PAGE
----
Researchers from the School of Dental Science at Trinity have carried out the first review of the effectiveness of oral hygiene interventions specifically designed for people with intellectual disabilities. The international Cochrane Oral Health Review is the first of its kind to focus on a population with intellectual disabilities.
Cochrane is a global independent network of researchers, professionals, patients, carers and people interested in health. Cochrane produces reviews which study all of the best available evidence generated through research and make it easier to inform decisions about health. These are called systematic reviews. Cochrane is renowned for their gold-standard systematic reviewing, and important impact.
Worldwide, the oral health of people with intellectual disabilities is poorer than that of the general population. The removal of dental plaque by daily toothbrushing plays a major role in preventing tooth decay and gum disease, the two main causes of tooth loss. Toothbrushing is a skill, it needs to be done regularly and may require special tools; it can be difficult for some people to brush well enough to prevent these oral diseases. People with ID may require help with their toothbrushing and the people who care for them may need training to help them.
The review identified the many different ways used to try and improve the oral hygiene of people with intellectual disabilities. It is important to know if the interventions designed to help people with ID and their carers to perform better oral hygiene are effective.
Principal Investigator, Catherine Waldron PhD, Dublin Dental University Hospital said: “My colleagues and I are honoured to follow in the footsteps of around 100 other Trinity academics who have worked on Cochrane Reviews, and to be authors of the first review produced within Cochrane Oral Health that focuses specifically on people with intellectual disabilities. All in all, we worked on this review for about 4 years, so it is a big commitment, which requires perseverance and determination to see it through. Publication of the review, though, is really just the beginning. Now we know what evidence is out there and where the gaps are, we want to see focused, high-quality primary research plug the gaps in our knowledge and improve our level of certainty in the effectiveness of promising interventions. Finally we want to see that evidence translated into practice so that people with intellectual disabilities will have better oral health – and better quality of life.”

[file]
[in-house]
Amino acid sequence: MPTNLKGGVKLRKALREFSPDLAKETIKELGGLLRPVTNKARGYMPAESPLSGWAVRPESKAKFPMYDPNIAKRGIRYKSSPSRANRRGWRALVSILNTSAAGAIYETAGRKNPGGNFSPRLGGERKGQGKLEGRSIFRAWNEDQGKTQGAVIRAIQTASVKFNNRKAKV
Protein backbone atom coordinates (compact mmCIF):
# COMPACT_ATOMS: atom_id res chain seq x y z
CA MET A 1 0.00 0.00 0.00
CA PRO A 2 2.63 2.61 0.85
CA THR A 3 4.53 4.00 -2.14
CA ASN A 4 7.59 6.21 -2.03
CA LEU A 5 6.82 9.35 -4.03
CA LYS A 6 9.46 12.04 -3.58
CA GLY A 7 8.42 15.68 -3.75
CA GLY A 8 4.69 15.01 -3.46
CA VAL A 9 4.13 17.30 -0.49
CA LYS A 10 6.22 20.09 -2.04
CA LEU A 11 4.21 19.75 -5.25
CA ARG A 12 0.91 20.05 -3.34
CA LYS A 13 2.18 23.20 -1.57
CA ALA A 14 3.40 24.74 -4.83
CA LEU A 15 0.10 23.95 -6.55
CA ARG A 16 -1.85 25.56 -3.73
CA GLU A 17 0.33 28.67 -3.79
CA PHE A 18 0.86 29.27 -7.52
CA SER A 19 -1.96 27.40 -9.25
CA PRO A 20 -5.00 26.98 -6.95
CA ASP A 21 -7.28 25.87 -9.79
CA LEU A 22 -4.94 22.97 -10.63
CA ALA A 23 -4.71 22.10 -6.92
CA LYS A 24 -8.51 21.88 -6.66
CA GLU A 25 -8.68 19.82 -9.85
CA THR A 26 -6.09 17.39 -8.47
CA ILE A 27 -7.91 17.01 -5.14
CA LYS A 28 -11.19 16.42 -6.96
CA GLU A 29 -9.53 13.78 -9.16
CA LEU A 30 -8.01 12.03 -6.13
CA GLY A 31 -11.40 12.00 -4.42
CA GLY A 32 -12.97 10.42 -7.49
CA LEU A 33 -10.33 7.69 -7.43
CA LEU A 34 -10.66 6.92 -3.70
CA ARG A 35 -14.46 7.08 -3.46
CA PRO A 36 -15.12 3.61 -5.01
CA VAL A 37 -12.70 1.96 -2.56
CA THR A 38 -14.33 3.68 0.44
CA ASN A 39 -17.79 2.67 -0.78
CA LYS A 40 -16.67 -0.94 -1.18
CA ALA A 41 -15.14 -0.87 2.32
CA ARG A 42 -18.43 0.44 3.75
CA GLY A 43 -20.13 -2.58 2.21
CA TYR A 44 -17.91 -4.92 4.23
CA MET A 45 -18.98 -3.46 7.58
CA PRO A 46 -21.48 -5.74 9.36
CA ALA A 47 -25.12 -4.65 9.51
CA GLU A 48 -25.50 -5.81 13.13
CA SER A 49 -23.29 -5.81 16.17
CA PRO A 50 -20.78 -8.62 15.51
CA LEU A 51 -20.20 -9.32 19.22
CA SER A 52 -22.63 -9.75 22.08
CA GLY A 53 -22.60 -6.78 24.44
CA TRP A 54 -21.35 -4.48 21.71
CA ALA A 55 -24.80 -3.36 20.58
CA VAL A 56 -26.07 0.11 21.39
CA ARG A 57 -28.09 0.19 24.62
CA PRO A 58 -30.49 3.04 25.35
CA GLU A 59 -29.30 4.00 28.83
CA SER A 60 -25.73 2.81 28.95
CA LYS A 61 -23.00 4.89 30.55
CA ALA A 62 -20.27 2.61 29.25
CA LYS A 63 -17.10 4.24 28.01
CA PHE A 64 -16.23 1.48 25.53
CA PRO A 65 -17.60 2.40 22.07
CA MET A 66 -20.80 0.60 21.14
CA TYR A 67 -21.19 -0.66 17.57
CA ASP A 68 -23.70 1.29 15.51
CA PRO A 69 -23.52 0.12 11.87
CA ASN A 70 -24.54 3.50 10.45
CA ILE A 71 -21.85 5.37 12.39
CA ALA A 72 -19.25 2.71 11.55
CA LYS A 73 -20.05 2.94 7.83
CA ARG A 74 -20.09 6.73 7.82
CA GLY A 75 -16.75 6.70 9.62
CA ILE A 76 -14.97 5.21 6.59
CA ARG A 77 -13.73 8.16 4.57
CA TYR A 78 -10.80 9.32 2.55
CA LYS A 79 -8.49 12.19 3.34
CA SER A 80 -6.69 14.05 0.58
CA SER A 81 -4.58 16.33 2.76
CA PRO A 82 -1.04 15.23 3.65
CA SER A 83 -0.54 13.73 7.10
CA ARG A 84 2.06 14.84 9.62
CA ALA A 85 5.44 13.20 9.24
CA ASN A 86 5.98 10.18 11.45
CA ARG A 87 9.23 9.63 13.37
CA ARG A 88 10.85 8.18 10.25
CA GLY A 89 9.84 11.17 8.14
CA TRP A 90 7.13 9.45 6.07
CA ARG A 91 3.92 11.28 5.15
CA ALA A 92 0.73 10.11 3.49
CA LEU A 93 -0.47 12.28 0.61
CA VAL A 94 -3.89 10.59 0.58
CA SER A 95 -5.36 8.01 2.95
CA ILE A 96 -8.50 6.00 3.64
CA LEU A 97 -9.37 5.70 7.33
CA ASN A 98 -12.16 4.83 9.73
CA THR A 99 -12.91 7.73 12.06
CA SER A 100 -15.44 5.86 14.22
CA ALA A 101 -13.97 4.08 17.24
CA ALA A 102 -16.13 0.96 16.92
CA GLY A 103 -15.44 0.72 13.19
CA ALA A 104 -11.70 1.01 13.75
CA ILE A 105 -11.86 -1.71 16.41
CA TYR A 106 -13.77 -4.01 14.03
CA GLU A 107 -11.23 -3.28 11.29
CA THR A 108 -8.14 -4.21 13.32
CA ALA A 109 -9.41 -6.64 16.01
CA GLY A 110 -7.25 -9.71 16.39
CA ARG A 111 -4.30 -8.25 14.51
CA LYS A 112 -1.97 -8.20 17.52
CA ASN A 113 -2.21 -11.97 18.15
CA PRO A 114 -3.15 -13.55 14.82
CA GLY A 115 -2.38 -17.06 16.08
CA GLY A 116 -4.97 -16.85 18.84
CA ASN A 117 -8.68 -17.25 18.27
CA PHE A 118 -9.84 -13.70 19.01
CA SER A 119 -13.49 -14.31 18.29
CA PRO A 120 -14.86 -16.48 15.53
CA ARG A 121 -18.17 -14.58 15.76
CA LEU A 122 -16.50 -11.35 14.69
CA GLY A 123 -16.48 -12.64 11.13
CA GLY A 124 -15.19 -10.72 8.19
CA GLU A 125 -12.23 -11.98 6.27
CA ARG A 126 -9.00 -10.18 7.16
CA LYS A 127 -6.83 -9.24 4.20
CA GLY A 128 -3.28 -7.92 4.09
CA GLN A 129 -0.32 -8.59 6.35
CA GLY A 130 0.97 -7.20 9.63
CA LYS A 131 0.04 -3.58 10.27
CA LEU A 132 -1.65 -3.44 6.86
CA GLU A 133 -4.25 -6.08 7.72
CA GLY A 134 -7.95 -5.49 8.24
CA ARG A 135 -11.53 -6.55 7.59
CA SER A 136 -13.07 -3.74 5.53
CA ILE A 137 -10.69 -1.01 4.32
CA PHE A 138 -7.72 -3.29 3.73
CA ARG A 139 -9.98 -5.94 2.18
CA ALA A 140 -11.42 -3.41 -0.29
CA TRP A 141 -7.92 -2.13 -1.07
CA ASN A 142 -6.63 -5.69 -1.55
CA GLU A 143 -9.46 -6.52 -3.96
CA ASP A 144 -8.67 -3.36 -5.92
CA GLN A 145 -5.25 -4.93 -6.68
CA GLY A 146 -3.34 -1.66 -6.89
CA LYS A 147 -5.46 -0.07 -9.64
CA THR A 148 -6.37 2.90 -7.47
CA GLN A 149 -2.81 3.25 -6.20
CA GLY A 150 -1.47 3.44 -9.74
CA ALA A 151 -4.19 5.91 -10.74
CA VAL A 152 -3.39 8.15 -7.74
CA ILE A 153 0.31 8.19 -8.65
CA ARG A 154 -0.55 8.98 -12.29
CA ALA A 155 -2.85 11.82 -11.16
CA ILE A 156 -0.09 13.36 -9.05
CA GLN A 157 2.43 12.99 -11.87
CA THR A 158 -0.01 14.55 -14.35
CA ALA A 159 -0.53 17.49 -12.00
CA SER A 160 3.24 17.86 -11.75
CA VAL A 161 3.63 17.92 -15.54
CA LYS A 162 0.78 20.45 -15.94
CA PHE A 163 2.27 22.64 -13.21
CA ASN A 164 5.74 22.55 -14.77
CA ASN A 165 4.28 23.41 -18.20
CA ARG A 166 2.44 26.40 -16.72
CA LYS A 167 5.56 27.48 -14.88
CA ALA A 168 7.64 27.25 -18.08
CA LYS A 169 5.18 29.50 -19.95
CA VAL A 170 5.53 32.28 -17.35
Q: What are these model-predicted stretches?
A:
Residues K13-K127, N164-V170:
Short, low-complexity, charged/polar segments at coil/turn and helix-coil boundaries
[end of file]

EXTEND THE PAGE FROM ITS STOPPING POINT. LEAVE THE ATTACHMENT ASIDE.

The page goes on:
The Cochrane Review carried out by the researchers from the School of Dentistry will have a real-world impact as it now provides guidance to researchers in relation to what needs to be considered when designing and reporting future oral hygiene interventions for people with ID to ensure success. This Cochrane Review will be updated regularly to include any new research thus providing oral healthcare professionals, people with intellectual disabilities and their carers with a resource to guide their decision making in relation to good oral hygiene habits.
The team from the School of Dentistry included: Dr Catherine Waldron, Professor June Nunn, Dr Caoimhin Mac Giolla Phadraig, Dr Maria Theresa van Harten and Dr Erica Donnelly-Swift. Other team members were Prof. Catherine Comiskey (School of Nursing and Midwifery, TCD), Dr Suzanne Guerin (School of Psychology, University College Dublin) and Prof Mike Clarke (Centre for Public Health, Queen’s University Belfast).
The review can be accessed here: https://www.cochranelibrary.com/cdsr/doi/10.1002/14651858.CD012628.pub2/full
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